Job 4: Rear Disks and Brake Bleeding

I do find surface rust ugly. Recently I have noticed it on the rear brake disks which are visible through the spokes of the rear wheels. A simple coat of hammerite should be sufficient to smarten this up, taking care not to cover the braking surface obviously. Whilst I am doing this, it would also be good practice to replace the brake fluid and bleed the brakes once more, as the fluid has been in-situ for over 18 months now.
The brake disks came up fine with some 1200 grit wet’n’dry and a coat of black hammerite. I now don’t notice the surface rust through the wheel spokes. Probably only me that noticed.

Replacing the brake fluid and bleeding the brakes is not a big job at the front as there is plenty of access to the bleed nipples on the front callipers. The rear on the other hand are more tricky. The rear callipers are mounted upside down. This means air can collect inside the calliper and no amount of bleeding will shift it. The calliper has to be inverted before bleeding if you want to shift this air. The near side gave up without too much of a fight, but the offside decided not to play. 
Firstly the bleed nipple refused to open despite numerous attempts to free it using penetrating oil. The use of force then had predictable results in that I rounded of the brass nut. So the whole thing had to come off so I could replace the nipple. In the process of doing this the calliper piston closed slightly so that I couldn’t refit it over the brake disk once the pads were in place.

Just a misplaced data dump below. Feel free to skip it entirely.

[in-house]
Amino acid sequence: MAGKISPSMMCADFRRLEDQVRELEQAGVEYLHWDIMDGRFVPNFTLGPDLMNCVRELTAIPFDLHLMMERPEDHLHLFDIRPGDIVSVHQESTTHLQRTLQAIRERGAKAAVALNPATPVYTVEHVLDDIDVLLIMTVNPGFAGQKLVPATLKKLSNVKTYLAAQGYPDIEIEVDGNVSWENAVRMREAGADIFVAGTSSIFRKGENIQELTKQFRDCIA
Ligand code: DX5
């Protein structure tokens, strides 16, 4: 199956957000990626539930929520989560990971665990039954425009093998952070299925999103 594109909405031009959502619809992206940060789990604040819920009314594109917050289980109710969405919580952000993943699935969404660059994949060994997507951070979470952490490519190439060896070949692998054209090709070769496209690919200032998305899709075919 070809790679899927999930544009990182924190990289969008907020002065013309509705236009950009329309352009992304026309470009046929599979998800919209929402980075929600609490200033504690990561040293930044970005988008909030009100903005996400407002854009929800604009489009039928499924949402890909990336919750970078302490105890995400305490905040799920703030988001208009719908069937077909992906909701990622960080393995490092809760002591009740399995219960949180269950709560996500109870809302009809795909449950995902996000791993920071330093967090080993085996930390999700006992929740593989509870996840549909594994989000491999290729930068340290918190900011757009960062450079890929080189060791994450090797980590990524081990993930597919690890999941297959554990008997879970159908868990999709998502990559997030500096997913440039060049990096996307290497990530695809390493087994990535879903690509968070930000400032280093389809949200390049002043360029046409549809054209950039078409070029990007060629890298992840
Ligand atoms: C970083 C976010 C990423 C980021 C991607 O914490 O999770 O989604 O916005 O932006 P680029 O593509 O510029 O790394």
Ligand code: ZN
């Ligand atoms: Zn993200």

If you know how the internals of the Sierra rear calliper work then this is not a problem. If, like me, you don’t, then this is a show stopper. 
It turns out that the piston has a ratchet mechanism to aid the hand-brake. As the pads wear the piston rotates slightly and in doing so closes the gap between itself and the first brake pad. It then latches into position so the gap remains closed. Great in order to keep your hand brake effective, but not good if it closes too much to get the calliper and pads re-assembled over the brake disk. To fix this you need to wind the piston back into the calliper. It can’t be forced with a hammer or clamp. So it has to come off and onto the bench again.

Job 5: Pressure Cap and Water System

You can see the evidence in the picture on the left. The thermostat housing is covered in the residue left when water and anti-freeze leak from the pressure cap and evaporate on the hot housing. The picture on the right is my original pressure cap. As you can see it seals to the thermostat housing using a metal plate, or at least it almost seals. The “almost” causes the leaking and the overflow tank and overflow process not to work properly. Fluid is not returned to the main system from the overflow as the suction is lost. In practise you need to keep topping up the water level.